Eat, drink and be merry: Phinney, Ravenna, Ballard
Welcome to another installment in my occasional series on interesting neighborhoods to check out, and my recommendations on where to sample the local food and drink.
Plan your tour of Phinney for a Thursday night so that you can start at Picnic’s (pictured above) weekly wine tasting. For a mere $8 you’ll get the chance to sample some terrific wine as well as a selection of the meats, cheeses and other nibbles straight from the pantry of this fantastic eat in/take out neighborhood spot.
Continue on to Oliver’s Twist for a Parish Boy (cognac, St. Germain, fernet-branca and lemon bitters ) and small plates like the Mt. Townsend Seastack cheese, bacon compote, brioche crouton and orange marmalade.
Take a u-turn from the upscale and march down the block to El Chupacabra. Go for the kitschy “Mexican baroque” décor (as I’ve heard it described) and stay for margaritas in tall tumblers and several rounds of pool.
Frank’s Oyster House & Champagne Parlor is the sort of place where you want to settle in and stay for a while, and I encourage you to do just that. Maybe it’s the small scale of the bar, all of the warm wood or the excellent service, but I can’t think of a better place to start your night.
I feel a little like I’m cheating as Frank’s and Pair are owned by the same couple, but it’s such a great combination that I couldn’t resist. Pair is a sweet little neighborhood restaurant that happens to have fantastic food like the smoked pork belly with a farro and spring onion salad, wilted chard and ginger-mustard gastrique. I mean, come on!
For dessert check out Peaks Frozen Custard, working hard to teach Seattleites the joys of this Midwest staple.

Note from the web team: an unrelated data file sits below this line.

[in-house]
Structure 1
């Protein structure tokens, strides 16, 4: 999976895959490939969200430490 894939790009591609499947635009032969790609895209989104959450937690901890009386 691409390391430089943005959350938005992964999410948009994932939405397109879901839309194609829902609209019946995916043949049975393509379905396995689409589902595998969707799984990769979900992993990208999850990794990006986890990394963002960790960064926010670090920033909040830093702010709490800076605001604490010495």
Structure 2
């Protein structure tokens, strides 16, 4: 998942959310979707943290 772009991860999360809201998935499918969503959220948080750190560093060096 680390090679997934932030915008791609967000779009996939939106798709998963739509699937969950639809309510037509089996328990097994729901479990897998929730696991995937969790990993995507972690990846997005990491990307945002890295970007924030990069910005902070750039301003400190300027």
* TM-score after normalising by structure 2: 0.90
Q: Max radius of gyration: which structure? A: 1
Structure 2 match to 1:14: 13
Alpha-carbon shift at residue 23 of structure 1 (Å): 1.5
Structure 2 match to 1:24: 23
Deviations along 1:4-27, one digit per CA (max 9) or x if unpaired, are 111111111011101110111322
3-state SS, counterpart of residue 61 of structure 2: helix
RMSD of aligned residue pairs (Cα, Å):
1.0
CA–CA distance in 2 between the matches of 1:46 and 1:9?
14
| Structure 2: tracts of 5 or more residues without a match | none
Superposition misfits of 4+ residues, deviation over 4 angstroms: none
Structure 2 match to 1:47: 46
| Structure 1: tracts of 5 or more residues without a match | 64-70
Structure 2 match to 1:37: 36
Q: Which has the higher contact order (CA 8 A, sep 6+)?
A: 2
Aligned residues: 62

Start your evening with drinks in the bar at Volterra, with a White Peach Thyme Bellini or maybe the Nocciola Manhattan if you’re feeling a little sturdier.
Just up the street from Volterra is La Carta de Oaxaca, with to-die-for black chile mole and my favorite, molotes (potatoes and beef sausage wrapped in fried homemade tortillas with guacamole, hot sauce and Oaxaqueno cheese). No matter that the line is always out the door; just order up a margarita and settle in for the wait.
Another small plate option, though likely to be just as busy, is Ocho. Come here for fantastic Spanish tapas like seared sea scallops with an English pea purée, Serrano ham and lemon vinaigrette, and stay for a very well-poured San Miguel (gin, St. Germain and rhubarb bitters). Can you tell? I love the St. Germain.
If you’re still standing after all of this good food and drink, make your way to King’s Hardware and play a few games of skee ball while you ponder the use of taxidermy as décor.
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